Wednesday, February 24, 2010

Decongesting prisons: 42 undertrials freed

It was not easy to believe but it may have started!  The earlier news about release of undertrials from prisons seems to have started with a somewhat substantial number of 42 undertrials being released in a day in Delhi.

A city court released 42 undertrial prisoners Wednesday in a start to a project to put the criminal justice system on a fast track. The plan is to reduce the number of undertrial prisoners by two-third in the next six months. About 170,000 prisoners will be released countrywide by July.

The process, an initiative of Law and Justice Minister M. Veerappa Moily who was present at the Patiala House court along with Delhi High Court Justice Madan B.Lokur here to witness the first such release Wednesday, was started in view of the overcrowding in Indian jails, the huge pendency of cases and long delays in the justice delivery system.

'It's a reformative process and should be encouraged,' Moily said on the occasion.

Forty six cases were listed Wednesday in the special court of Additional Chief Metropolitan Magistrate Ajay Pandey, all dealing with petty offences. The list included prisoners who are still in jail just because they cannot raise their bail bond money.

Among 42, 12 prisoners were released after they furnished their personal bonds and the remaining 30 prisoners pleaded guilty and were acquitted.

Hello? Prisoners pleaded guilty and then were acquitted? I know there is a process of law that a judge can order trial to continue for a person even if he/she pleads guilty; but for someone to be acquitted after pleading guilty cannot be possible.

Those prisoners who were released or granted bail are offenders involved in petty offences like theft, pick-pocketing, snatching and robberies.

Four prisoners could not be freed as they are involved in other cases as well.

'Need of the hour is to release prisoners who are lodged in jails for years together and are involved in petty offences so that they don't become hard core criminals when they come out,' Moliy said.

Ok. So the law minister has admitted publicly at least that being in jail for long time can make one into hardcore criminal.  It is like a university of crime, right?

'We are planning to release 1.7 lakh prisoners till July 31 around India. To begin this, we have informed all the courts and the various legal services authorities to prepare the list of prisoners who can be released,' Moily said.

The government has asked all state high courts to identify undertrials who are not involved in heinous crimes and whose cases can be expedited.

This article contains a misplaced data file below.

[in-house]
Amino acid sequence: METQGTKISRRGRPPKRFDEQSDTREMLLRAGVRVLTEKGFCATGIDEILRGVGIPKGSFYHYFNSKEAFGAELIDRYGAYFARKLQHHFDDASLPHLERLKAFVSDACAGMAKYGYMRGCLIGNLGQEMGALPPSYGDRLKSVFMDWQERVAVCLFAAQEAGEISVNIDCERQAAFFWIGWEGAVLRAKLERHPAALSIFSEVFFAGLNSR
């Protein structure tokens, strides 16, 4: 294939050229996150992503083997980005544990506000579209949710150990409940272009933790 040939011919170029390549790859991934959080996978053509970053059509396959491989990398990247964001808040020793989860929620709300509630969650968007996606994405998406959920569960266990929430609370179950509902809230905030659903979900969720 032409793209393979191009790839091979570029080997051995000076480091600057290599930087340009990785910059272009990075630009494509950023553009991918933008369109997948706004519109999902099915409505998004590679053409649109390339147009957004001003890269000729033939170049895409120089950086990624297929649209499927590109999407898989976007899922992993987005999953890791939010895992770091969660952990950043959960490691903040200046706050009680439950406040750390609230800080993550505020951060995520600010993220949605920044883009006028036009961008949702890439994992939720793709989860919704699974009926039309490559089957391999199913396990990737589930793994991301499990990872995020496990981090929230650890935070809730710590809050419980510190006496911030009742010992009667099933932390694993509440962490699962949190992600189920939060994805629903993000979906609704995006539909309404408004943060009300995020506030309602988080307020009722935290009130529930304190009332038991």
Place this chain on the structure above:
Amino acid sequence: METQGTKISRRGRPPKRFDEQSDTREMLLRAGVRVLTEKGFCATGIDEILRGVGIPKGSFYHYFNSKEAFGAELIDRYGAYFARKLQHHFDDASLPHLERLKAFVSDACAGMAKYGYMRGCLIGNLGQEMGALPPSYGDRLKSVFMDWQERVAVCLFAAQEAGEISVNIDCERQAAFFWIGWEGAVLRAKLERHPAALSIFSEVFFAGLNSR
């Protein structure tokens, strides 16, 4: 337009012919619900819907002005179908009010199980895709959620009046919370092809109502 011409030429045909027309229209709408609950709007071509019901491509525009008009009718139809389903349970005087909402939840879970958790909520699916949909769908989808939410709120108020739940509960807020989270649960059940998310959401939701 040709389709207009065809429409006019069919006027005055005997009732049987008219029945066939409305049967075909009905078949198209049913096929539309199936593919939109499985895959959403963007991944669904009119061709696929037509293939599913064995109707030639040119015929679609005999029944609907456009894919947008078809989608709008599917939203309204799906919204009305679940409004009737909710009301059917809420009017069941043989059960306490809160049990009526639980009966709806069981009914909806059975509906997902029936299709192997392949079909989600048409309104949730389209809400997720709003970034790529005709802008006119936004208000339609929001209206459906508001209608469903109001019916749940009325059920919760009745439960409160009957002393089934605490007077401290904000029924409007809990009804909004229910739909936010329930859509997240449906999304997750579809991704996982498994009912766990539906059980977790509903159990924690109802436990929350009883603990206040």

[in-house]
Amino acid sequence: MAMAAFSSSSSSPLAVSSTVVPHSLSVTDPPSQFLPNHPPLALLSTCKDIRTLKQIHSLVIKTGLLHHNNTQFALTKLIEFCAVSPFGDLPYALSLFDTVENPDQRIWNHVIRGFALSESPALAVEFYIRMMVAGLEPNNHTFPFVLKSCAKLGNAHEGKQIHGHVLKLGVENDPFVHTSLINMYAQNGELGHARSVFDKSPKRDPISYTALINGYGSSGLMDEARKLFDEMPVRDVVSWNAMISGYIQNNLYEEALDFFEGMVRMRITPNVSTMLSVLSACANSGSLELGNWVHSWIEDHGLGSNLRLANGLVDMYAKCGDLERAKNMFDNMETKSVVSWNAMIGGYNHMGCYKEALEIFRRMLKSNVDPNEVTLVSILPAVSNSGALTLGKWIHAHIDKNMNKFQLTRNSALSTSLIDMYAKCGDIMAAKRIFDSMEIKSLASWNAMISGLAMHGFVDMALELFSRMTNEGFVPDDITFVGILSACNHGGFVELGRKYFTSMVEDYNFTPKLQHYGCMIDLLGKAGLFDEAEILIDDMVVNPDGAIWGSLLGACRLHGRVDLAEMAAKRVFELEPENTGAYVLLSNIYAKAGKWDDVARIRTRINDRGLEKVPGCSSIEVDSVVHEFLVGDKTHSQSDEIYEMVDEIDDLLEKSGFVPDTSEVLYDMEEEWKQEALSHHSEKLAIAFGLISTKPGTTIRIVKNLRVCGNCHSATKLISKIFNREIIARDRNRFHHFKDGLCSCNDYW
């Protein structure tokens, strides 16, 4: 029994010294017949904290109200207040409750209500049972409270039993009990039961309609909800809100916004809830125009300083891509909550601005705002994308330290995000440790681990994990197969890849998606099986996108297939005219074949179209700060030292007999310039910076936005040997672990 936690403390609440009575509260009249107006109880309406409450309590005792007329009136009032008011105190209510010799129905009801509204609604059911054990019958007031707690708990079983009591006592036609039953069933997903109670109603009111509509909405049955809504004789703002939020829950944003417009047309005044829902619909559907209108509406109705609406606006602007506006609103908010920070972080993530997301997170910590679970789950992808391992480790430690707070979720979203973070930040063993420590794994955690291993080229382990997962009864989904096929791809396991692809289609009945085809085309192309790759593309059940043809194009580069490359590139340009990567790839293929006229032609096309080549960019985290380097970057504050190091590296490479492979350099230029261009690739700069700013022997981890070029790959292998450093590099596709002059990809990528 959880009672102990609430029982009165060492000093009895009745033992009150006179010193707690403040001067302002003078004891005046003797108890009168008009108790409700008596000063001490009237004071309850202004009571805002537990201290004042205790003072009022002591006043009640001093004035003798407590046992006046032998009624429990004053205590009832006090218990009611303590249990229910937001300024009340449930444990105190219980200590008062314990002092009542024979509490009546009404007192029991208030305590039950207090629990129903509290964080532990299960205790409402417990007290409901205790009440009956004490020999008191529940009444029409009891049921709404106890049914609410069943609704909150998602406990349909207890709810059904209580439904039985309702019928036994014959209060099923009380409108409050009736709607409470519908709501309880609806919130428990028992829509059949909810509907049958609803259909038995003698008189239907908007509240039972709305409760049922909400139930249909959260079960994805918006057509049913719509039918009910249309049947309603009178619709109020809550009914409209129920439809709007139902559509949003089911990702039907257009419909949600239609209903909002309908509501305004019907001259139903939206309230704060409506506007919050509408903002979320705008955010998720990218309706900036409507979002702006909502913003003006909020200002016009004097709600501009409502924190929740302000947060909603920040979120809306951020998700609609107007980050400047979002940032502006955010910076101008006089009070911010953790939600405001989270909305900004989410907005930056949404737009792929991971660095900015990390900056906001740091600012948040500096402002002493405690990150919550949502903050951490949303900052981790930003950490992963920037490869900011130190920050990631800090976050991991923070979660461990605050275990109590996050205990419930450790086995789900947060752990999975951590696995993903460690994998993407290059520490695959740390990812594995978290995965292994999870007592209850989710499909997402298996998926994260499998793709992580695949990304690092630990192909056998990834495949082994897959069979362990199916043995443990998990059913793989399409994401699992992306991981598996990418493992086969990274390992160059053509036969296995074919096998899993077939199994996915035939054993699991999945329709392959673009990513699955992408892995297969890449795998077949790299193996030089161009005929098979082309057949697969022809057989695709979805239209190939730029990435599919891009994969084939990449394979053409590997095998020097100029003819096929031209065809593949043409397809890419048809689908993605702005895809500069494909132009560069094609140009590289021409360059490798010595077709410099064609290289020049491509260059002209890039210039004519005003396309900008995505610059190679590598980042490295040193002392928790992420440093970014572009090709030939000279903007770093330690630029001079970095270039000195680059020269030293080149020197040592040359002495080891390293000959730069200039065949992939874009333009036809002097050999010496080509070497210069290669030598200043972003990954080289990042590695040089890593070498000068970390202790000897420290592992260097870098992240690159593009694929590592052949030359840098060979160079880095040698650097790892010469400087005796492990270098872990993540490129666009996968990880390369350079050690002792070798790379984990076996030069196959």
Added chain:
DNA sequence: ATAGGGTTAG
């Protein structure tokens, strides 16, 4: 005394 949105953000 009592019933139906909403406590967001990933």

Moily said the union cabinet has 'in principle' agreed to operationalise and implement the national legal mission - 'a step towards guaranteeing access to justice for every citizen, including those in jails'.

The minister said chief justices of state high courts have been asked to prepare a report 'as fast as possible' about the people in jails, their offences, the nature of cases, and the maximum punishment they can invite so these trials can be completed by July 31.

Thursday, February 18, 2010

Indians wanna be safe? – then become hard targets

Home minister P Chidambaram has conveniently explained away the blasts in Pune saying that the blast was done on a soft target, and hence could not be avoided!

The Pune blast was not the result of any intelligence failure but an 'insidious' planting of a bomb in a 'soft' target establishment, Union Home Minister P Chidambaram said.

So terrorists should inform you in advance and be gentlemanly rather than insidious! India is sometimes said to be soft state, but at this rate we will come to be known as a fool state.

Again he rants about the ‘insidious’ nature of the attack:

"There is no intelligence failure, but please remember this is not an overt attack by gunmen. This is an insidious bomb that had been planted in what appears to be a backpack," the Home Minister said.

Further he explains the government’s definition of hard vs soft targets.

Terming Osho Ashram and the Chabad House as "hard targets", he said, "But apart from hard targets, there are soft targets...All these (the German bakery and an Italian restaurant nearby) are soft targets where foreigners and Indians congregate especially during the peak hours."

Now any Indian who wants to stay alive and safe, should attempt to become into a hard target. Hard targets are ministers, MPs, MLAs who are provided high security cover and do not need to bother about bombs blasting around them while having a cup of tea. Soft targets is everyone else.

Wednesday, February 17, 2010

Delhi High Court chief justice who allowed RTI on Supreme court is not elevated to SC

Chief justice Ajit Prakash Shah of Delhi High court retired recently, and there is news that he did not get elevation to Supreme Court even though the file was sent by government to collegium for a second time.

New Delhi: Chief justice Ajit Prakash Shah of the Delhi high court, who scripted landmark judgments legalising homosexuality and bringing the office of the chief justice of India within the ambit of the Right to Information Act, today said he was "hurt" at being bypassed for elevation to the Supreme Court.

"I cannot pretend that I am not hurt," justice Shah said during an interaction with reporters on his last working day. "A sense of hurt is always there. These things happen in life."

It will be good if now some progress can be made on bringing transparency in appointment of judges.  Although judges do not speak a lot to the media, the very fact that a retiring judge expresses his personal disappointment means that all is not well in judicial appointments.

The Supreme Court collegium bypassed justice Shah, one of the most senior high court chief justices, for elevation while recommending to the Centre names of other judges who were junior to him in October 2008.

The government refused to accept the collegium's decision and returned the file. But it had to accept the recommendation when the collegium refused to give in.

It is high time that this football mechanism of appointments file being going back and forth between collegium and government is replaced by something more transparent.